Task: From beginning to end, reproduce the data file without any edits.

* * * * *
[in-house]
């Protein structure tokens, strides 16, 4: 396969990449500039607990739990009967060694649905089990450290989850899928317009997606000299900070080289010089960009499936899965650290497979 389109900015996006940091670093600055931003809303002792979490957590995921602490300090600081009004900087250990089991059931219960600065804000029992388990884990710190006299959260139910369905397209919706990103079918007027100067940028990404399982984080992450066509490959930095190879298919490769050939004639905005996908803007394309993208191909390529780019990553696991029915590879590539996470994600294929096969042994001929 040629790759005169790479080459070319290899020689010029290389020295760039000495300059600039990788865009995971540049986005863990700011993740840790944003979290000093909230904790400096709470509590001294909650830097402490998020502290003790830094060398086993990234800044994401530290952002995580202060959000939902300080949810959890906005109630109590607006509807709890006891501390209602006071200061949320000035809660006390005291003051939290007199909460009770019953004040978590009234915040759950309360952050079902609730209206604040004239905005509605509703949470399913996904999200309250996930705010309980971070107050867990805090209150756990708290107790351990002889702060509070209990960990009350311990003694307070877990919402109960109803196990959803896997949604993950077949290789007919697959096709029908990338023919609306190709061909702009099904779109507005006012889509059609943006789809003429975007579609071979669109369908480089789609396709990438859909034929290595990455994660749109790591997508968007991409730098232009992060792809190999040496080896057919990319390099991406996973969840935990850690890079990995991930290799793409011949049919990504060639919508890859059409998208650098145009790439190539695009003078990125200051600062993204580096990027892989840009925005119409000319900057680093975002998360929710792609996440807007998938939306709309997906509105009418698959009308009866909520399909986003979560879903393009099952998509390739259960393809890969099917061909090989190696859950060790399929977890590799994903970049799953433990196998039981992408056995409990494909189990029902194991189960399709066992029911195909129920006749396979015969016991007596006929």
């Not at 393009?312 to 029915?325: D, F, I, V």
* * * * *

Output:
[in-house]
């Protein structure tokens, strides 16, 4: 396969990449500039607990739990009967060694649905089990450290989850899928317009997606000299900070080289010089960009499936899965650290497979 389109900015996006940091670093600055931003809303002792979490957590995921602490300090600081009004900087250990089991059931219960600065804000029992388990884990710190006299959260139910369905397209919706990103079918007027100067940028990404399982984080992450066509490959930095190879298919490769050939004639905005996908803007394309993208191909390529780019990553696991029915590879590539996470994600294929096969042994001929 040629790759005169790479080459070319290899020689010029290389020295760039000495300059600039990788865009995971540049986005863990700011993740840790944003979290000093909230904790400096709470509590001294909650830097402490998020502290003790830094060398086993990234800044994401530290952002995580202060959000939902300080949810959890906005109630109590607006509807709890006891501390209602006071200061949320000035809660006390005291003051939290007199909460009770019953004040978590009234915040759950309360952050079902609730209206604040004239905005509605509703949470399913996904999200309250996930705010309980971070107050867990805090209150756990708290107790351990002889702060509070209990960990009350311990003694307070877990919402109960109803196990959803896997949604993950077949290789007919697959096709029908990338023919609306190709061909702009099904779109507005006012889509059609943006789809003429975007579609071979669109369908480089789609396709990438859909034929290595990455994660749109790591997508968007991409730098232009992060792809190999040496080896057919990319390099991406996973969840935990850690890079990995991930290799793409011949049919990504060639919508890859059409998208650098145009790439190539695009003078990125200051600062993204580096990027892989840009925005119409000319900057680093975002998360929710792609996440807007998938939306709309997906509105009418698959009308009866909520399909986003979560879903393009099952998509390739259960393809890969099917061909090989190696859950060790399929977890590799994903970049799953433990196998039981992408056995409990494909189990029902194991189960399709066992029911195909129920006749396979015969016991007596006929």
């Not at 393009?312 to 029915?325: D, F, I, V």